BENGALURU : Jan–March 2015, NEW YORK CITY
Aditya Kesavan had been asleep for hardly three hours when the blare of his cell-phone alarm woke him up. Rubbing his eyes, he pushed off the quilt and climbed out of bed, walking to the bathroom. He had slept late the previous night after spending the entire evening stocking up on food and groceries. NYC was on high alert following a blizzard warning.
He came out of the bathroom and switched on the coffee maker. His was a small but sufficient two-bedroom apartment, located close to the university campus. Aditya also owned a huge five-bedroom mansion a few miles to the north, where his wife and daughter stayed. Not too long ago, all three of them had lived there together, but one day his wife had caught him frolicking with his PHD student in the kitchen and thrown him out.
Thankfully, she hadn’t made the matter public or his reputation as a tenured professor at NYU would have been in tatters. There were three cardinal sins in the academia in the US; sleeping with a student was one of them, and possibly the 8 most frowned upon. The other two were plagiarism and stealing from federal grants.
His wife had ultimately let him off the hook, but only after she got her pound of flesh. She had also made two more demands – that he walk out of the house then and there, and that their daughter continue to stay with her. Not in a position to negotiate, Aditya had agreed to both. That morning, he was concerned about his students. Many of them would struggle to make it to class in this weather. Back in India, people would use bad weather as an excuse to take a day off. But it was different here.
He glanced at the stack of papers on the table next to his bed. It was the final version of the manuscript that his publisher had sent him. He had to go over the entire pile and send his confirmation by the weekend. Sixty days to the release of his book, and he still wasn’t mentally ready. The publishers wanted to cash in on the success of his earlier book – a controversial one that explained how the Chinese economy was really a bubble, one that would burst in a year.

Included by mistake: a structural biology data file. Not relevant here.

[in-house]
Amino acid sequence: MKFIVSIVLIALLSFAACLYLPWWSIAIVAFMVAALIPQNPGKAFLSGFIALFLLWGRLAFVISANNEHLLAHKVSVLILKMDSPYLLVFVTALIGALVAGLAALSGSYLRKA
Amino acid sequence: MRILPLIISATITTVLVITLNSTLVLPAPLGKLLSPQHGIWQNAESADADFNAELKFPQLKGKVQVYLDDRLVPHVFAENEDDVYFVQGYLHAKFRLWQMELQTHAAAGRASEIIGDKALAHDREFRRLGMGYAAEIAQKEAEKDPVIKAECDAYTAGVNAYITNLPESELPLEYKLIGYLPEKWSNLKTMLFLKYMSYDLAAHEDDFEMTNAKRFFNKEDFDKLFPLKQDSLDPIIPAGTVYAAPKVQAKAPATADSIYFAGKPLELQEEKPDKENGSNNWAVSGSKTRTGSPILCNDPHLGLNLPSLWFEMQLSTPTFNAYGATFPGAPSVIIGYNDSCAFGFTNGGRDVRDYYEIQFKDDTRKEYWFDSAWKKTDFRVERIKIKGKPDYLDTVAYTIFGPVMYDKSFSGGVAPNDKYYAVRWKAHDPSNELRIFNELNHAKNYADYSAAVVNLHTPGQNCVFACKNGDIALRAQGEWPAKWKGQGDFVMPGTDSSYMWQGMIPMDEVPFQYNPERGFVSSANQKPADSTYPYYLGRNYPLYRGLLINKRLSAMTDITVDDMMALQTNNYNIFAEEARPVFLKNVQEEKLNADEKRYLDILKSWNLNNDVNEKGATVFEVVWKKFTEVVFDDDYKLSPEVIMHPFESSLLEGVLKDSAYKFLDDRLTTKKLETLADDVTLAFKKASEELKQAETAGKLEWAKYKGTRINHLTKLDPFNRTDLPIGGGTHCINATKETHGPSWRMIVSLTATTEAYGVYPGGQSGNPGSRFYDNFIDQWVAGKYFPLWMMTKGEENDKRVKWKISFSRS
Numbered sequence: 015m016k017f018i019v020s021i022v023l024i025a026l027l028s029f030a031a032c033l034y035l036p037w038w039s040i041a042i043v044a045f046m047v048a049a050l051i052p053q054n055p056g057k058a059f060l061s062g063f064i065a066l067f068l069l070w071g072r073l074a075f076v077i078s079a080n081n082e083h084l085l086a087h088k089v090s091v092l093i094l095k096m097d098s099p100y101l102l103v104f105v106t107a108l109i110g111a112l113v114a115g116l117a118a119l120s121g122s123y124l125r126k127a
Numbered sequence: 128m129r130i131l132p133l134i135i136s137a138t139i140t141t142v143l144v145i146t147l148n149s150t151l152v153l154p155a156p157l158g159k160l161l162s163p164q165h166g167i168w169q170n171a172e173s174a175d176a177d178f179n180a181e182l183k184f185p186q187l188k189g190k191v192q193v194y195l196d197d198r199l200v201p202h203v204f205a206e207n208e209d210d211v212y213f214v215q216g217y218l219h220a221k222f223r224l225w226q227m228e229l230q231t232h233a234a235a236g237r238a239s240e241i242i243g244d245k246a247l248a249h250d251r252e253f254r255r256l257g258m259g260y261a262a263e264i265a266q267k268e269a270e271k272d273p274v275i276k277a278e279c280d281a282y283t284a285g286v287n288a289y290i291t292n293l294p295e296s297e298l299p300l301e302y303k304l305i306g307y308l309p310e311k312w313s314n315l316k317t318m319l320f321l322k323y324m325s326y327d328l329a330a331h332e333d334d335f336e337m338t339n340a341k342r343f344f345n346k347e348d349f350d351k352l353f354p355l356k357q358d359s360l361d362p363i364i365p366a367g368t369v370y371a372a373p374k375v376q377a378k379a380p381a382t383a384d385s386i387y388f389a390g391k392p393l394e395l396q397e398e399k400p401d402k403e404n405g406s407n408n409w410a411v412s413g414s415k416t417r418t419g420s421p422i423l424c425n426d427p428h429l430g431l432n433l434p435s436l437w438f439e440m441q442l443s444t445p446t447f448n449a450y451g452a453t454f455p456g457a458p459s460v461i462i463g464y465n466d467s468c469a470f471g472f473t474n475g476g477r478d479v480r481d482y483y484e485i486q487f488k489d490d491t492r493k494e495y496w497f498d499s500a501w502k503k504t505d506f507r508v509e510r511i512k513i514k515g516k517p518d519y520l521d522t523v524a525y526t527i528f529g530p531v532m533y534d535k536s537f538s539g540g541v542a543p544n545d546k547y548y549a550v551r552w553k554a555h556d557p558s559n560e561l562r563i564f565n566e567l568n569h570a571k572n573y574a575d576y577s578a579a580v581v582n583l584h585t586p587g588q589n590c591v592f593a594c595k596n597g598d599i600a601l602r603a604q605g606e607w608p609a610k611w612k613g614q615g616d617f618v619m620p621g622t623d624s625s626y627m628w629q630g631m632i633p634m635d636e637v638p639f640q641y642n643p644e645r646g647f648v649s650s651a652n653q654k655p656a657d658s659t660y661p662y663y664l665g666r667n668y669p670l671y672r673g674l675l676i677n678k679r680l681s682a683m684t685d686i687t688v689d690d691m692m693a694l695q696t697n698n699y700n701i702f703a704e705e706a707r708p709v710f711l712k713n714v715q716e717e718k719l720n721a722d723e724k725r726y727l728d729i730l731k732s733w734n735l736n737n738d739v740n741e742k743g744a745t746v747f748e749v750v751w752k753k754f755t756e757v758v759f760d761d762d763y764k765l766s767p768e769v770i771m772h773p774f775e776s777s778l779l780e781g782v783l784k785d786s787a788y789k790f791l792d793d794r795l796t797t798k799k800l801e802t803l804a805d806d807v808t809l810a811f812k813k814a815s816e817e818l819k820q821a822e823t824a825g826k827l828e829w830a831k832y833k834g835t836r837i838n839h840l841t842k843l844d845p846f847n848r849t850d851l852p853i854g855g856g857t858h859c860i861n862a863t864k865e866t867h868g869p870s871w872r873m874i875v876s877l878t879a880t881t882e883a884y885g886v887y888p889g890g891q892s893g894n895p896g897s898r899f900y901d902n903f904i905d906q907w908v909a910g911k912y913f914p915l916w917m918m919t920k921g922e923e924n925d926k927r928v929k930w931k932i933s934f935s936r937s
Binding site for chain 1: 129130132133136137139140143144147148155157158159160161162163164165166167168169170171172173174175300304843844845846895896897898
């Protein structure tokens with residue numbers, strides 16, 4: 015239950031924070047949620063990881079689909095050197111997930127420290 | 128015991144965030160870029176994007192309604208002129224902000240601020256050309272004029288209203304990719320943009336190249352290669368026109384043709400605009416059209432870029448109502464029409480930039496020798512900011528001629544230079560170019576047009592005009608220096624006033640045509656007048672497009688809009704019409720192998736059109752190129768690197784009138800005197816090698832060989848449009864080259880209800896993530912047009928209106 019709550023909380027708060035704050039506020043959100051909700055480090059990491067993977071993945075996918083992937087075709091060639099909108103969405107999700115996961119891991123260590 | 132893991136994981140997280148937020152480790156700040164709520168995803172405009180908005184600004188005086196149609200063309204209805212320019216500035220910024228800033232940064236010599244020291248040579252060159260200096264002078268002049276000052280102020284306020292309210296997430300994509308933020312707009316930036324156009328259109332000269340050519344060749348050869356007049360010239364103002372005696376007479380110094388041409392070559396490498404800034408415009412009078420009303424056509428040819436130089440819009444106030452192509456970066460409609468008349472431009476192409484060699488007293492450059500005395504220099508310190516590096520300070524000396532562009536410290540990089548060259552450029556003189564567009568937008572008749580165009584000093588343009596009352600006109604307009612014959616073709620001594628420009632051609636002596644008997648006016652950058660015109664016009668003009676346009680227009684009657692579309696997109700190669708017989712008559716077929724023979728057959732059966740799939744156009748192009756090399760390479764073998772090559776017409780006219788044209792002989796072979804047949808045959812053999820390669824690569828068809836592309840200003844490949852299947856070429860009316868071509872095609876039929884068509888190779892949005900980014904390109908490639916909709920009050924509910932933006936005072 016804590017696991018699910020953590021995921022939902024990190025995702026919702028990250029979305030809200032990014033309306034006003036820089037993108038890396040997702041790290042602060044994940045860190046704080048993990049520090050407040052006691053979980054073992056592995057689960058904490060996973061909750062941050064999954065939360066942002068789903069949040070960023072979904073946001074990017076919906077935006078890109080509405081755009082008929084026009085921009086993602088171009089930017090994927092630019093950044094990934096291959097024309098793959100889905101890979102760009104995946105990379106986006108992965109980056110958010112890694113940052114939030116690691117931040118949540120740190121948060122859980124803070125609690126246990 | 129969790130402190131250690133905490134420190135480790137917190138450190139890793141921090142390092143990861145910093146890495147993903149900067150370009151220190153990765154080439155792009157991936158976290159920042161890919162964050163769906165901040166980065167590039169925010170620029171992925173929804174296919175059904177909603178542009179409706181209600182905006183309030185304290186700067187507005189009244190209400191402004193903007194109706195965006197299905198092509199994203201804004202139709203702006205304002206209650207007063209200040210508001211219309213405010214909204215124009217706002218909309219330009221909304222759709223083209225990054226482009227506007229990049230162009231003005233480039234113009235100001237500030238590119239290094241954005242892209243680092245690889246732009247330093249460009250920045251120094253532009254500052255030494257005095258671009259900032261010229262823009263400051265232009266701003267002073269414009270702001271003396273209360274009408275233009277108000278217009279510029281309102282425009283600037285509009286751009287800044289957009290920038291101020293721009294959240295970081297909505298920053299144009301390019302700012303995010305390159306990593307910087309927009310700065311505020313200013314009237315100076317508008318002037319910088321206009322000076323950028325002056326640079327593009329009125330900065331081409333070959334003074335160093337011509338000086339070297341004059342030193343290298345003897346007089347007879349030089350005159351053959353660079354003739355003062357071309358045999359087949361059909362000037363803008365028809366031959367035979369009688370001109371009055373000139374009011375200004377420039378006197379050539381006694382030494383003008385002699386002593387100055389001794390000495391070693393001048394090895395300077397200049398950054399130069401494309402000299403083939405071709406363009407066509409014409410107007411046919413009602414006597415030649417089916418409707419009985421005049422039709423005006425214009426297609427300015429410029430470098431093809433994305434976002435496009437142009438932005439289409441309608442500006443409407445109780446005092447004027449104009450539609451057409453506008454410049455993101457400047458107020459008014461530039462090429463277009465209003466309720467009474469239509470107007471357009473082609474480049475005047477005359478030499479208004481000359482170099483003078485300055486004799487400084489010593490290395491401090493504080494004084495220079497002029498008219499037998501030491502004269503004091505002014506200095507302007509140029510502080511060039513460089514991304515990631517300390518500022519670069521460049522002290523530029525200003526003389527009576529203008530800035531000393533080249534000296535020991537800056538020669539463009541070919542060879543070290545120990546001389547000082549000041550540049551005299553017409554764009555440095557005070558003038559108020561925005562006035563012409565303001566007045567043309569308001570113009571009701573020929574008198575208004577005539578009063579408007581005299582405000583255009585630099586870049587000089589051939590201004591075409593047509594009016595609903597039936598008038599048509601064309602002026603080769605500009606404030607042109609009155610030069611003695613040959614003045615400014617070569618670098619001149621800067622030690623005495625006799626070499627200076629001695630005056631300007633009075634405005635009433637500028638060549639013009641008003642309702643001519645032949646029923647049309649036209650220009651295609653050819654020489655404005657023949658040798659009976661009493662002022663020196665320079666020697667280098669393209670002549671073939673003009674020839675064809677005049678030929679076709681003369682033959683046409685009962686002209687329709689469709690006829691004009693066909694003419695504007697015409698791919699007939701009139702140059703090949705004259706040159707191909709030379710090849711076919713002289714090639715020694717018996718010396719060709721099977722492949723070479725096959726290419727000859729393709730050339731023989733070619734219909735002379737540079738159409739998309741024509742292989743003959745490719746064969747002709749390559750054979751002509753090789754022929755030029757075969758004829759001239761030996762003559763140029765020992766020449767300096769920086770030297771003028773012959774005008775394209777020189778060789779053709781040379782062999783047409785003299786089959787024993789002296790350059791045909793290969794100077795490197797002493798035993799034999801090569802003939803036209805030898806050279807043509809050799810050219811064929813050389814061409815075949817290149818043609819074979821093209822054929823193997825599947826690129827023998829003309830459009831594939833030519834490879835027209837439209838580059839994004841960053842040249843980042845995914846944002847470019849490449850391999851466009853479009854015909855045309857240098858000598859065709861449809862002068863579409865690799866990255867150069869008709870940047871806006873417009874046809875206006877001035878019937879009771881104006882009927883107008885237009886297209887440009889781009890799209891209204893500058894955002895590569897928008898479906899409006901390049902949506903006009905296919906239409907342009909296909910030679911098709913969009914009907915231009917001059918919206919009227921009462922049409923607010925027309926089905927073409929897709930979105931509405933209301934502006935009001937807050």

That book had been a big hit and broken all records. Not only had Aditya become the darling of the publishing house that had published the book, his success had also won him various consulting assignments with the Federal Reserve System – the central banking system of the US. And to top it all, television channels and online media began projecting him as an expert on China’s economic policies.
His first book had changed his life. He didn’t make enough money as an academician, but his book had more than made up for that.
Translated into seventeen languages globally, it had sold hundreds of thousands of copies. Looking back, Aditya just wished that he had negotiated a higher advance. But then, at that time, China was on a roll and no one was willing to publish a book which talked about the imminent failure of that country’s economy. So when a publisher finally accepted the manuscript, Aditya was relieved that at least he had found a good brand to publish his book. Anyway, more than money, what the book had given him was recognition, and that was something you couldn’t put a price on. Excerpted with permission from Don’t Tell The Governor, Ravi Subramanian, HarperCollins India.